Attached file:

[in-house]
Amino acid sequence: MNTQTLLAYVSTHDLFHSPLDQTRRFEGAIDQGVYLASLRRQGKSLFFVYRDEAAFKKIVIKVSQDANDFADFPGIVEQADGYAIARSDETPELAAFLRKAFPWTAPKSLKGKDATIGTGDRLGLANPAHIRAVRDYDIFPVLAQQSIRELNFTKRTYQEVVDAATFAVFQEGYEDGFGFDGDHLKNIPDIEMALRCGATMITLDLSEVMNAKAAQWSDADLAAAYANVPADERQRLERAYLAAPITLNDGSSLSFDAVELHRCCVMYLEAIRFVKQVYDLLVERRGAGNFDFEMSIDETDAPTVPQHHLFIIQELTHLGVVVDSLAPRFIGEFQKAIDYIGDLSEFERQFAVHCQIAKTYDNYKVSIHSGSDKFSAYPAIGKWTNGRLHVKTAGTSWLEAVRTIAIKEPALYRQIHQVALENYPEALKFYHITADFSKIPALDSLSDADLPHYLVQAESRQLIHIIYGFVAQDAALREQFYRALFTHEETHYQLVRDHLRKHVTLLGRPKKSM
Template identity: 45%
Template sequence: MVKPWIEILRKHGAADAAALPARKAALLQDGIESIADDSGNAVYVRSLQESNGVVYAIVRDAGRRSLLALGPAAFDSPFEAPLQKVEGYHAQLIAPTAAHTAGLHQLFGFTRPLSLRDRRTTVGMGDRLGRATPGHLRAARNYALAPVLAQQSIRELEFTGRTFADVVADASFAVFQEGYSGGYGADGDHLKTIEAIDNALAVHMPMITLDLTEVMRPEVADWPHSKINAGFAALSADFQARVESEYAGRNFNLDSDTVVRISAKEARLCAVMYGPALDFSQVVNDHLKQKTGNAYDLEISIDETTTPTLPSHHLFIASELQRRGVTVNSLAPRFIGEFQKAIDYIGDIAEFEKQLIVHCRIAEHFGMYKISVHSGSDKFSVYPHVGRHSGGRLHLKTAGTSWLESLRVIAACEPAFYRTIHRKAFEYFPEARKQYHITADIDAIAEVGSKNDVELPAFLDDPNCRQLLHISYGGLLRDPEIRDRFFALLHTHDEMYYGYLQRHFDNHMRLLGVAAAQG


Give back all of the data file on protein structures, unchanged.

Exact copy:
[in-house]
Amino acid sequence: MNTQTLLAYVSTHDLFHSPLDQTRRFEGAIDQGVYLASLRRQGKSLFFVYRDEAAFKKIVIKVSQDANDFADFPGIVEQADGYAIARSDETPELAAFLRKAFPWTAPKSLKGKDATIGTGDRLGLANPAHIRAVRDYDIFPVLAQQSIRELNFTKRTYQEVVDAATFAVFQEGYEDGFGFDGDHLKNIPDIEMALRCGATMITLDLSEVMNAKAAQWSDADLAAAYANVPADERQRLERAYLAAPITLNDGSSLSFDAVELHRCCVMYLEAIRFVKQVYDLLVERRGAGNFDFEMSIDETDAPTVPQHHLFIIQELTHLGVVVDSLAPRFIGEFQKAIDYIGDLSEFERQFAVHCQIAKTYDNYKVSIHSGSDKFSAYPAIGKWTNGRLHVKTAGTSWLEAVRTIAIKEPALYRQIHQVALENYPEALKFYHITADFSKIPALDSLSDADLPHYLVQAESRQLIHIIYGFVAQDAALREQFYRALFTHEETHYQLVRDHLRKHVTLLGRPKKSM
Template identity: 45%
Template sequence: MVKPWIEILRKHGAADAAALPARKAALLQDGIESIADDSGNAVYVRSLQESNGVVYAIVRDAGRRSLLALGPAAFDSPFEAPLQKVEGYHAQLIAPTAAHTAGLHQLFGFTRPLSLRDRRTTVGMGDRLGRATPGHLRAARNYALAPVLAQQSIRELEFTGRTFADVVADASFAVFQEGYSGGYGADGDHLKTIEAIDNALAVHMPMITLDLTEVMRPEVADWPHSKINAGFAALSADFQARVESEYAGRNFNLDSDTVVRISAKEARLCAVMYGPALDFSQVVNDHLKQKTGNAYDLEISIDETTTPTLPSHHLFIASELQRRGVTVNSLAPRFIGEFQKAIDYIGDIAEFEKQLIVHCRIAEHFGMYKISVHSGSDKFSVYPHVGRHSGGRLHLKTAGTSWLESLRVIAACEPAFYRTIHRKAFEYFPEARKQYHITADIDAIAEVGSKNDVELPAFLDDPNCRQLLHISYGGLLRDPEIRDRFFALLHTHDEMYYGYLQRHFDNHMRLLGVAAAQG